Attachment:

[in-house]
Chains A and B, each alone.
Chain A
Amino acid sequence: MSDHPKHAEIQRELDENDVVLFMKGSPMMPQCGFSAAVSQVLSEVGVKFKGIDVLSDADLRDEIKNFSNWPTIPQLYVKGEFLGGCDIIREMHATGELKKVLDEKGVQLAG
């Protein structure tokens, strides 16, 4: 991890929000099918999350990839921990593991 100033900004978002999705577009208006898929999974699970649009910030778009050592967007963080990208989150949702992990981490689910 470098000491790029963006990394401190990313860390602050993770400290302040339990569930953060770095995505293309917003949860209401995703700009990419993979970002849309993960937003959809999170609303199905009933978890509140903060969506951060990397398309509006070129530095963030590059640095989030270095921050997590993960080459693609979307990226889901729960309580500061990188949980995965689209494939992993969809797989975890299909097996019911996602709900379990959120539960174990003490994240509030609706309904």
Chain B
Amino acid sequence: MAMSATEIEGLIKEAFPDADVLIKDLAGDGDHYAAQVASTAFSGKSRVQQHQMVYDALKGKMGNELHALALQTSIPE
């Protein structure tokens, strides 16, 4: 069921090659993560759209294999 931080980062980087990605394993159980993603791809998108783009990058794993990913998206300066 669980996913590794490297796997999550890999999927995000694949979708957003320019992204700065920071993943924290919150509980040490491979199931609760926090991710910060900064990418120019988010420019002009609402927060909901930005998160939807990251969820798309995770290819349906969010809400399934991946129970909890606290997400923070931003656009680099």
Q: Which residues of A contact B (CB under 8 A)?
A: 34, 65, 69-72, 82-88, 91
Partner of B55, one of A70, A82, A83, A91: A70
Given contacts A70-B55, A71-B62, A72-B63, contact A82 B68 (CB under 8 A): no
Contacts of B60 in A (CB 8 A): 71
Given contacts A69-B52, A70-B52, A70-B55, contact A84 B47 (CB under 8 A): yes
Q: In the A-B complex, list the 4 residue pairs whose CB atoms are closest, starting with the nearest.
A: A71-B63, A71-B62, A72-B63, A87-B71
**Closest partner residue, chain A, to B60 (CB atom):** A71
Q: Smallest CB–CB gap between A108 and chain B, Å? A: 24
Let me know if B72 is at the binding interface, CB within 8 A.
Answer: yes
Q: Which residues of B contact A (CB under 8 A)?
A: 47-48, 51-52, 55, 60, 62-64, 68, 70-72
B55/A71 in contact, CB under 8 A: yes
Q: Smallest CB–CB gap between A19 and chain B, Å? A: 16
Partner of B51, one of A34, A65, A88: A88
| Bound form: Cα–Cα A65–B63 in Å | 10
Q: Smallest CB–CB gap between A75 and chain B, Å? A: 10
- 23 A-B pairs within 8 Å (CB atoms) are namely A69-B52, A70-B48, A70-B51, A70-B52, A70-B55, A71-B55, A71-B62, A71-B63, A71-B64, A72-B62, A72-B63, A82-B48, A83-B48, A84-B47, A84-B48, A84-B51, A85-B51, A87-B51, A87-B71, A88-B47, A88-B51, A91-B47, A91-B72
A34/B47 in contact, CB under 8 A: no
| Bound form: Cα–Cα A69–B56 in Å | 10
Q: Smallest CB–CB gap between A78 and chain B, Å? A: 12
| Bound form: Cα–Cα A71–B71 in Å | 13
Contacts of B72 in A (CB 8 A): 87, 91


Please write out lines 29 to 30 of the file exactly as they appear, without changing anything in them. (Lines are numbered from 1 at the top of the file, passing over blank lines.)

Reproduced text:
A34/B47 in contact, CB under 8 A: no
| Bound form: Cα–Cα A69–B56 in Å | 10